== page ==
How do I ‘do life’ and not focus on Parkinson’s?

I try my best to be positive and to do as many things as I can to give me the best chance of a good life as someone with Parkinson’s. A Psychologist I work with once said to me that I shouldn’t make my life all about Parkinson’s. Easy for her to say, but difficult to do in reality.

What I manage to do most of the time is just get on with life and live in and enjoy the here and now, rather than focusing on the future, whatever that looks like. However, there are a number of things directly relating to my Parkinson’s that I need to do in order to have the longevity and maintain a reasonable level of ability with this condition.

At the moment, I am trying to go to the gym at least twice a week. Then, I have also this week started going to Aquarobics, which surprised me by being quite fun. Today, I met with my Speech Language Therapist and she has given me vocal exercises and other exercises for me to do three times a day.

On top of all this, I want to fit in time with my family, my husband and friends. I want to have time to ride my bike, which is something I enjoy. I want to be able to cook nice meals for myself and my husband. Go to the movies, to concerts and out for dinner. There just doesn’t seem to be enough days in the week for all the things I am supposed to do for my Parkinson’s or for the things I want to do as a person. The things I do for my Parkinson’s are important. However, the things I do for myself and with my family are also important. I don’t want this thing to swallow up all of my life. I want to be able to do things that I enjoy as well as things I need to do, to have a life that I can enjoy. Sometimes it feels like a daunting task and a huge responsibility knowing that if I don’t do enough to keep active and moving my body, that I may progress quicker if I don’t exercise. I don’t want to look back and think I should have/could have worked harder. But, equally I don’t want to look back and think ‘I did my best with my Parkinson’s exercises, but didn’t have any time left to enjoy my life!’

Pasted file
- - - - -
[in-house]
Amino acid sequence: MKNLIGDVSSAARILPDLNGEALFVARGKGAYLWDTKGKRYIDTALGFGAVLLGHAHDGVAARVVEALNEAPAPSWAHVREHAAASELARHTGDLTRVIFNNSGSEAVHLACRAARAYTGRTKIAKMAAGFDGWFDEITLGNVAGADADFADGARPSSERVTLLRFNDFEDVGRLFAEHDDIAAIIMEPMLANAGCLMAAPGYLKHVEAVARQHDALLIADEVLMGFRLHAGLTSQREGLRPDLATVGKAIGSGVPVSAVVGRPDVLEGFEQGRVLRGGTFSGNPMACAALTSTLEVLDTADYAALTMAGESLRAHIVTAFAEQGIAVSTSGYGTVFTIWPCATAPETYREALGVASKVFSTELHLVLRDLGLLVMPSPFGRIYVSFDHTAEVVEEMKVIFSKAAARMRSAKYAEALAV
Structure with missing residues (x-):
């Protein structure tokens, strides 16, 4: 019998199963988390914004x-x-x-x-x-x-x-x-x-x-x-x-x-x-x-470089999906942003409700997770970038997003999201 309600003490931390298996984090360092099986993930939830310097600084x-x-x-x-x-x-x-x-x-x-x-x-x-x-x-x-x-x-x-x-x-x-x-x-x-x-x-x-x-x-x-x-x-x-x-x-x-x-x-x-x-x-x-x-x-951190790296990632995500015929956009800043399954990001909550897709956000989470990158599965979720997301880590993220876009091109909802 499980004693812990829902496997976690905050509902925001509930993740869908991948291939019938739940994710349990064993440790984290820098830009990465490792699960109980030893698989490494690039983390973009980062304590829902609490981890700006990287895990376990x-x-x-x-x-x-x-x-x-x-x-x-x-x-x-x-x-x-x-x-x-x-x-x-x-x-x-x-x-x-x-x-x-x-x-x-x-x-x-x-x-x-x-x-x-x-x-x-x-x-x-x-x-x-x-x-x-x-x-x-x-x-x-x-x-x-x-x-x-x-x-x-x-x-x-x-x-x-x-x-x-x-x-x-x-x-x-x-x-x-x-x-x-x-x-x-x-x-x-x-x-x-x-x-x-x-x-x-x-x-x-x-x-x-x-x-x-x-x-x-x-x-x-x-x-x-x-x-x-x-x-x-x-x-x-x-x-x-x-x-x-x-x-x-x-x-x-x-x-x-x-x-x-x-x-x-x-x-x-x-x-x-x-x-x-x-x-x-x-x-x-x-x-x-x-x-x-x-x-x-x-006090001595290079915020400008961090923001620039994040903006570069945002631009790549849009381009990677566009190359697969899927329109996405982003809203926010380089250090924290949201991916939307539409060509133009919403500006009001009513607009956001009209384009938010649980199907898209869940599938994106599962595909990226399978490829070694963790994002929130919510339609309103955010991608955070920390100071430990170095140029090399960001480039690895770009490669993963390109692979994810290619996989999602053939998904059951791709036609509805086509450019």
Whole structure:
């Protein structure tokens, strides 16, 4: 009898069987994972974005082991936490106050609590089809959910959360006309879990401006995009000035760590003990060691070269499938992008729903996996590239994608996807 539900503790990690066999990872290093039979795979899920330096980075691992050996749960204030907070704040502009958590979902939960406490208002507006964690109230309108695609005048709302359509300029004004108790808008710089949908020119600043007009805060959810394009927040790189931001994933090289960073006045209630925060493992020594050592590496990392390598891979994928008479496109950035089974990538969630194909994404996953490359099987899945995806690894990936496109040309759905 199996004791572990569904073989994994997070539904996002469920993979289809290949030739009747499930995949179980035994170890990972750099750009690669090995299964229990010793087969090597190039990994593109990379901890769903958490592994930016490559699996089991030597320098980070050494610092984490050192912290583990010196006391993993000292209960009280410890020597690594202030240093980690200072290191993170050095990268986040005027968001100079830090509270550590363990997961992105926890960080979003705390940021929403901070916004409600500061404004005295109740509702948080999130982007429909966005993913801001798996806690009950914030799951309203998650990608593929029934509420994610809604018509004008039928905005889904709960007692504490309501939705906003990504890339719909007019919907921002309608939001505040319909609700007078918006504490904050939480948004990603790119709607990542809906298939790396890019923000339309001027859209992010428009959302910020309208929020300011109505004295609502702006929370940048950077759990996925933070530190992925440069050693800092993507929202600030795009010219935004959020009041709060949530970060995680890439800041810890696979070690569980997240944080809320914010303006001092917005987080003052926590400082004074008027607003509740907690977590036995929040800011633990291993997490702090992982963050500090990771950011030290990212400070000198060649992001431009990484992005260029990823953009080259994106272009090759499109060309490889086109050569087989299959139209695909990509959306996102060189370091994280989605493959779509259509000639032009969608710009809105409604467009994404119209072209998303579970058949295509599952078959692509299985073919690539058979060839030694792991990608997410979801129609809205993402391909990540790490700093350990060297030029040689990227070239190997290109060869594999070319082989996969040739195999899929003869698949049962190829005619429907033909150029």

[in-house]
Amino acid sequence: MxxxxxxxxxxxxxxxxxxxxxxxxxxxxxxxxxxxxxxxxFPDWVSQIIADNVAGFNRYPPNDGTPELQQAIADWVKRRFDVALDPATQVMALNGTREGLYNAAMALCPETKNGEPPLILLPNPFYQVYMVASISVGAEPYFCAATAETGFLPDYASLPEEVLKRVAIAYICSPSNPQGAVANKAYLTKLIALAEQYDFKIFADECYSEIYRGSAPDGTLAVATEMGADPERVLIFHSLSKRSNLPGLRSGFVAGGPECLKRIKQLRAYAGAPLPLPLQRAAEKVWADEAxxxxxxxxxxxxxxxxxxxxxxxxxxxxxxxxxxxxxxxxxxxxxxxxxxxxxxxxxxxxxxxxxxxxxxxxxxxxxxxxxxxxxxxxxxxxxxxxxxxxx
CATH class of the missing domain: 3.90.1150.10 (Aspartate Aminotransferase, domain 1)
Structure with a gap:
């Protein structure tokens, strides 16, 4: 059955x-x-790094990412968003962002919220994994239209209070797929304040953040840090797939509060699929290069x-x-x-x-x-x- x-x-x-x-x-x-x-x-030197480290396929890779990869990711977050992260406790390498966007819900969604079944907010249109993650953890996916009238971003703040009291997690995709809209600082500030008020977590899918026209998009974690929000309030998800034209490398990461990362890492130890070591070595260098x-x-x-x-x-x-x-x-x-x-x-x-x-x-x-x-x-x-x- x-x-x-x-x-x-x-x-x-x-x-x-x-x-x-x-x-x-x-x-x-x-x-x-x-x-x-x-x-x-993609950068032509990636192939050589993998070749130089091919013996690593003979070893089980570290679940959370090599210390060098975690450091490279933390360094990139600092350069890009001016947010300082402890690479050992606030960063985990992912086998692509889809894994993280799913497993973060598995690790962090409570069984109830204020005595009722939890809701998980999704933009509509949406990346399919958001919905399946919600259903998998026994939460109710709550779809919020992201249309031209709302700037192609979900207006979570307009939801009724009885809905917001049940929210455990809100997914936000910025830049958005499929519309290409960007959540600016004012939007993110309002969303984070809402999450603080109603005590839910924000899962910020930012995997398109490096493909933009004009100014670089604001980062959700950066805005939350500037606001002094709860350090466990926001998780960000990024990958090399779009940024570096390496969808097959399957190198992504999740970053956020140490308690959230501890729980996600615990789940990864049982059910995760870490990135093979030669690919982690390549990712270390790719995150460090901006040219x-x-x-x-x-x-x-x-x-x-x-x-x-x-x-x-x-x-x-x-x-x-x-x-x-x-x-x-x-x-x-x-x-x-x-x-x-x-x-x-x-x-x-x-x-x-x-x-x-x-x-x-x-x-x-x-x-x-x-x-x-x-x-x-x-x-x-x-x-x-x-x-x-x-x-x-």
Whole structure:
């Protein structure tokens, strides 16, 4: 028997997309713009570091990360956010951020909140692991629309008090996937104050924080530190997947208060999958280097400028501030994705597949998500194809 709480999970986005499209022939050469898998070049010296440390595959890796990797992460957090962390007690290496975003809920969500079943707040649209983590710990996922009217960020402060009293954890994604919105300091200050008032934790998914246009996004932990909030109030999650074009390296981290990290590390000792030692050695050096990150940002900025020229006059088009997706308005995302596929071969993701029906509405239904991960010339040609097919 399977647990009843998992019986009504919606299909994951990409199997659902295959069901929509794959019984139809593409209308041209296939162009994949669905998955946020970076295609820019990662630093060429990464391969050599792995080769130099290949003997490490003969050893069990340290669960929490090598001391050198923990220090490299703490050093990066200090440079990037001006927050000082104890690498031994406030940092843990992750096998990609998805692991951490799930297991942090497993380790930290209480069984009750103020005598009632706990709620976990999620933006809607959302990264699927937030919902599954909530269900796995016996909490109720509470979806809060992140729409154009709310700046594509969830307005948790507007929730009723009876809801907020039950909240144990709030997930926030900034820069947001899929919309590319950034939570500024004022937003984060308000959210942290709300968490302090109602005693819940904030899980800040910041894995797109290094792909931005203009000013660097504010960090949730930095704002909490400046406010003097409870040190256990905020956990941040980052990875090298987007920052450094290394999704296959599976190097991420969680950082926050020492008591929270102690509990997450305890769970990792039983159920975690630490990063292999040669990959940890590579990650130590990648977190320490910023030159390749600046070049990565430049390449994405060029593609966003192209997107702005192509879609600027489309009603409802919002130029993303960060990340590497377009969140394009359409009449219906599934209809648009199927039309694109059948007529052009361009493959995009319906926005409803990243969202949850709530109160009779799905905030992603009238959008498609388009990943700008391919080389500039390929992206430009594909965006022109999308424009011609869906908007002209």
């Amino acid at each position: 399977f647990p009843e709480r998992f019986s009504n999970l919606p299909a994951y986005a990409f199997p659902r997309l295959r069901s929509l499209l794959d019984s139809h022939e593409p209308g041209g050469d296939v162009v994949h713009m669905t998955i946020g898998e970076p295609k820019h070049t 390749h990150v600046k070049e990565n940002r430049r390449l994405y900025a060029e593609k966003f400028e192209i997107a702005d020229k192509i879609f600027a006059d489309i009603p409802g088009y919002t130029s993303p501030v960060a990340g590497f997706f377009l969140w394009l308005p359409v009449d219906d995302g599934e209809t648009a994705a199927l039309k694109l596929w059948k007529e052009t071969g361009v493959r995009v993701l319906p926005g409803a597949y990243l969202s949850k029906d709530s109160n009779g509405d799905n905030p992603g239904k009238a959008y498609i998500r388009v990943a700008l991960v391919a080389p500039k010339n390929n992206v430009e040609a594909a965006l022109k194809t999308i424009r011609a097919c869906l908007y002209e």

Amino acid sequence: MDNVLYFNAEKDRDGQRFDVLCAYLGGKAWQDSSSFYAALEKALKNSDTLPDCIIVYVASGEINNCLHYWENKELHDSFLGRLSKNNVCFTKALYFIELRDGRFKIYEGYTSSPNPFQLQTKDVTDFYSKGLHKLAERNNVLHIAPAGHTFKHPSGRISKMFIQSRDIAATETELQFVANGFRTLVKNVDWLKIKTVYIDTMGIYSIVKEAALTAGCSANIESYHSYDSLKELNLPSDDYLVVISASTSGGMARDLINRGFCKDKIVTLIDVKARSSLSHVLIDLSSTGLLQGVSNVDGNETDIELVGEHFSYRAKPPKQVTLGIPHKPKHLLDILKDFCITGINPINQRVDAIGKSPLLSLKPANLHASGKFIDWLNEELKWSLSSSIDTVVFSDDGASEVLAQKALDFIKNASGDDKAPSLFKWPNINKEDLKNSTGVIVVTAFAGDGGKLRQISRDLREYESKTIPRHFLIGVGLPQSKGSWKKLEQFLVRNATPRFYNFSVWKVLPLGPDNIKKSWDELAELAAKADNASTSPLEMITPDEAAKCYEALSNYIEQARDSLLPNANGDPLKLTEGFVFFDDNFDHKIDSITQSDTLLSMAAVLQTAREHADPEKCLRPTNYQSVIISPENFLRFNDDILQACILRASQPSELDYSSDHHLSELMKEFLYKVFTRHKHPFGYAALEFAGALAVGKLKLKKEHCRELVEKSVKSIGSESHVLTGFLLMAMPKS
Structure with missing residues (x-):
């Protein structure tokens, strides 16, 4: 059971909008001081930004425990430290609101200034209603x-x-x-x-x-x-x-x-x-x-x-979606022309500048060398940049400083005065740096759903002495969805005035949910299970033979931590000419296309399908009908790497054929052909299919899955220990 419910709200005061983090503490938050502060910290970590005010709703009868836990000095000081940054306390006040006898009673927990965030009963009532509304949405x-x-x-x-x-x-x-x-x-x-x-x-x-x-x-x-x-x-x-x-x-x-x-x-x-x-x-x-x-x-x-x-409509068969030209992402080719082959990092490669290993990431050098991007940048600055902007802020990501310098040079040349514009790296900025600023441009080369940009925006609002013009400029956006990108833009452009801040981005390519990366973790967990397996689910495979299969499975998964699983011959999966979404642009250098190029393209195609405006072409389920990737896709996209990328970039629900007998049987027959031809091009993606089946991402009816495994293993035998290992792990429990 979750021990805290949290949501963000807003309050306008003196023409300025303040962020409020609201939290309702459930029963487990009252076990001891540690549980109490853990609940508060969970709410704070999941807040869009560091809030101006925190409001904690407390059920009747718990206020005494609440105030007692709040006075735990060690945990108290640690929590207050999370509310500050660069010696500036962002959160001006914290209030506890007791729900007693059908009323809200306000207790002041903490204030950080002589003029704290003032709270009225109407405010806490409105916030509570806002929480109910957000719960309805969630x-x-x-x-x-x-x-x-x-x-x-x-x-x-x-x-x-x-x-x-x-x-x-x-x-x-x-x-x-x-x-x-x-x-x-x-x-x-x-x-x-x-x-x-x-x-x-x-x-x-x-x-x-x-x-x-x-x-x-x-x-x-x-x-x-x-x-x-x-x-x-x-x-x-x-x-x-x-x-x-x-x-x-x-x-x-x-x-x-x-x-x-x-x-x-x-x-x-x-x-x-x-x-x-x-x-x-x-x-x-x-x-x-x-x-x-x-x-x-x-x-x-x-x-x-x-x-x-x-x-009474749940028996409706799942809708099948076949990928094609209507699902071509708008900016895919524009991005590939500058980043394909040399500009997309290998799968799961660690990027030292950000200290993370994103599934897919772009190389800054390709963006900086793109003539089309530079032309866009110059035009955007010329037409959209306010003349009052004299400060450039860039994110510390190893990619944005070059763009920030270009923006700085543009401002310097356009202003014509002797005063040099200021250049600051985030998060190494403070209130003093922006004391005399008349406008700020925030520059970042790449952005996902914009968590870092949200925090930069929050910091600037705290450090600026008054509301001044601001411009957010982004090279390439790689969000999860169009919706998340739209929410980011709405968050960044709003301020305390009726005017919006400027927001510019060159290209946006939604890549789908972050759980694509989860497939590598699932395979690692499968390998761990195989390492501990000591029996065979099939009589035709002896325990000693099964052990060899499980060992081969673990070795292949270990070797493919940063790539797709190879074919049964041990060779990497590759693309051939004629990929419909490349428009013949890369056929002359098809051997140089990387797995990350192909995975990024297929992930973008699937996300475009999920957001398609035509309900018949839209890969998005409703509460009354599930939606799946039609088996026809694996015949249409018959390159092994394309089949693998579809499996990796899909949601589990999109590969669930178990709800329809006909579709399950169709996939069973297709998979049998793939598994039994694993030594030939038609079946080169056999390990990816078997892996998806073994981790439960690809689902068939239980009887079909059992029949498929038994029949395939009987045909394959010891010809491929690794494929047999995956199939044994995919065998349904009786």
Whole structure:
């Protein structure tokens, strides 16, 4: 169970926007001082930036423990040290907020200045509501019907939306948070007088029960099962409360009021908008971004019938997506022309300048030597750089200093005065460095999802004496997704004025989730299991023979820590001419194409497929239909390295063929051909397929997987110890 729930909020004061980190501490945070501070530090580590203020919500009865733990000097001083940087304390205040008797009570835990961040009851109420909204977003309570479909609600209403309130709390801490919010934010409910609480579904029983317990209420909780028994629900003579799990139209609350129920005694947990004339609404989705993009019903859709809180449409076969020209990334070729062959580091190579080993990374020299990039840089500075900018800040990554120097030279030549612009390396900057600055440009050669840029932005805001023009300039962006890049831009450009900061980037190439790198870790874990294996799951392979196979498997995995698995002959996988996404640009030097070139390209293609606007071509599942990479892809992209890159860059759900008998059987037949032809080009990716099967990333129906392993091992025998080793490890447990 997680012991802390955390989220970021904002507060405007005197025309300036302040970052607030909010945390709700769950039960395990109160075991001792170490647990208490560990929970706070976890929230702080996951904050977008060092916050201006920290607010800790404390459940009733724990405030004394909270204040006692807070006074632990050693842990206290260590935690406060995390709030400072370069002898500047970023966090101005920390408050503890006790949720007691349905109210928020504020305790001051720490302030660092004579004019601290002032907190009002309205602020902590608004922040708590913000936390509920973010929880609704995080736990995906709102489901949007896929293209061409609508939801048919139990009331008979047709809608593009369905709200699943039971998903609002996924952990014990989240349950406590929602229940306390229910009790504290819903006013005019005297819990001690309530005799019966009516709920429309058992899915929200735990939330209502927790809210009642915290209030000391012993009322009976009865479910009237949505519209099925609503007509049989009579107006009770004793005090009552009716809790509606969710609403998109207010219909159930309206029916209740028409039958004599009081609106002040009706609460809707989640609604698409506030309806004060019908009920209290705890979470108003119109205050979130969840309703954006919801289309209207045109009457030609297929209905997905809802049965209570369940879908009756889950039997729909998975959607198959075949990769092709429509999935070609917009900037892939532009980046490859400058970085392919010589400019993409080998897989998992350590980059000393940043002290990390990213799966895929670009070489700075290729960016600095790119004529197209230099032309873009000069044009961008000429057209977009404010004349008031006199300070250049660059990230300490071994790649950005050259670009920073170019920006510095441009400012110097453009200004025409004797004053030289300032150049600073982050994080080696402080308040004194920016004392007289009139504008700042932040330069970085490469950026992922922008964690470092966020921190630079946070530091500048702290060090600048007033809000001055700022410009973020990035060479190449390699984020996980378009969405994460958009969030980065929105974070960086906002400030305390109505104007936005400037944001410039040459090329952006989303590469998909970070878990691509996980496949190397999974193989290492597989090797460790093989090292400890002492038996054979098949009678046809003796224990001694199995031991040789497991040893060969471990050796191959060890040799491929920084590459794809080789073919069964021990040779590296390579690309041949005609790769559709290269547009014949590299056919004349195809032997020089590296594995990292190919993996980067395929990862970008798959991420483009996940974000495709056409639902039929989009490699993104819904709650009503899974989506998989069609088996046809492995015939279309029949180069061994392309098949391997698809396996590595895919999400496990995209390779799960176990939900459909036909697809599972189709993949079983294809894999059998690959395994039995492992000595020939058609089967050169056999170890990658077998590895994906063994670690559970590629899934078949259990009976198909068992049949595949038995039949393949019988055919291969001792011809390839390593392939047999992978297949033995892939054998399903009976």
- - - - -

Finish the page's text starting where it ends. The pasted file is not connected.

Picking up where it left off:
Having achieved a longer life through exercise will be meaningless if that life is all about Parkinson’s and I don’t take the time to enjoy being with the important people in my life and doing things I enjoy.

So, it is easy to say ‘don’t make your life all about Parkinson’s’ but maybe harder to achieve. It’s always easy for an outsider – a non Parkies person – to give advice, but it is only someone who is also on this particular journey who is really equipped to understand and give advice.

Published by kiwipommysue

I work in health and have been with the same supportive team for over 7 years. They are all aware of my diagnosis and this helps tremendously especially while I get used to the idea of my diagnosis. My parents both had Parkinsons, so I guess my odds were higher than most.

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